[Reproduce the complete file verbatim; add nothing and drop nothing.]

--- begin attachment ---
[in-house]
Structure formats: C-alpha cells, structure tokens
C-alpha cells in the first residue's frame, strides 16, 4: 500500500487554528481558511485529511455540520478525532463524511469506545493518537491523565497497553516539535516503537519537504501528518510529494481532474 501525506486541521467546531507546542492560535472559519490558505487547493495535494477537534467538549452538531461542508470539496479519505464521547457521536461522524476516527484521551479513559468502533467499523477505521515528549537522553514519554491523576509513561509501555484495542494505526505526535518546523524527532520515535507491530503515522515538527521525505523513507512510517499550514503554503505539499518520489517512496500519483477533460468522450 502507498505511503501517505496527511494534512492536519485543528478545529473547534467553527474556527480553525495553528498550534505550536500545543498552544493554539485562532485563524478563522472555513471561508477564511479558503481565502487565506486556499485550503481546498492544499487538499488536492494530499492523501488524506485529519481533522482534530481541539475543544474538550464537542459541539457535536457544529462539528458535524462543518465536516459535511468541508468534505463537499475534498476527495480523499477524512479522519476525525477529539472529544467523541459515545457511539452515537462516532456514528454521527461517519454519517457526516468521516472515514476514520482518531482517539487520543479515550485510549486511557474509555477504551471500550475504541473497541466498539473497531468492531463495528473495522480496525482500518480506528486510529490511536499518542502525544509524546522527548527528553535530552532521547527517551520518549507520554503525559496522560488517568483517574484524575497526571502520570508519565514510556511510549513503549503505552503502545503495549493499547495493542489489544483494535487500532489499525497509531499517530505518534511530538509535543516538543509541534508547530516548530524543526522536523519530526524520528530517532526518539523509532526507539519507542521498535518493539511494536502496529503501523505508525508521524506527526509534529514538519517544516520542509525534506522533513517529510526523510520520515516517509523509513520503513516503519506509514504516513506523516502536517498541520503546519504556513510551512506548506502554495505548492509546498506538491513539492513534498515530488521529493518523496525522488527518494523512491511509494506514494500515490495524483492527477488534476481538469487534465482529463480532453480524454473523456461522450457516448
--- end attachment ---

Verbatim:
[in-house]
Structure formats: C-alpha cells, structure tokens
C-alpha cells in the first residue's frame, strides 16, 4: 500500500487554528481558511485529511455540520478525532463524511469506545493518537491523565497497553516539535516503537519537504501528518510529494481532474 501525506486541521467546531507546542492560535472559519490558505487547493495535494477537534467538549452538531461542508470539496479519505464521547457521536461522524476516527484521551479513559468502533467499523477505521515528549537522553514519554491523576509513561509501555484495542494505526505526535518546523524527532520515535507491530503515522515538527521525505523513507512510517499550514503554503505539499518520489517512496500519483477533460468522450 502507498505511503501517505496527511494534512492536519485543528478545529473547534467553527474556527480553525495553528498550534505550536500545543498552544493554539485562532485563524478563522472555513471561508477564511479558503481565502487565506486556499485550503481546498492544499487538499488536492494530499492523501488524506485529519481533522482534530481541539475543544474538550464537542459541539457535536457544529462539528458535524462543518465536516459535511468541508468534505463537499475534498476527495480523499477524512479522519476525525477529539472529544467523541459515545457511539452515537462516532456514528454521527461517519454519517457526516468521516472515514476514520482518531482517539487520543479515550485510549486511557474509555477504551471500550475504541473497541466498539473497531468492531463495528473495522480496525482500518480506528486510529490511536499518542502525544509524546522527548527528553535530552532521547527517551520518549507520554503525559496522560488517568483517574484524575497526571502520570508519565514510556511510549513503549503505552503502545503495549493499547495493542489489544483494535487500532489499525497509531499517530505518534511530538509535543516538543509541534508547530516548530524543526522536523519530526524520528530517532526518539523509532526507539519507542521498535518493539511494536502496529503501523505508525508521524506527526509534529514538519517544516520542509525534506522533513517529510526523510520520515516517509523509513520503513516503519506509514504516513506523516502536517498541520503546519504556513510551512506548506502554495505548492509546498506538491513539492513534498515530488521529493518523496525522488527518494523512491511509494506514494500515490495524483492527477488534476481538469487534465482529463480532453480524454473523456461522450457516448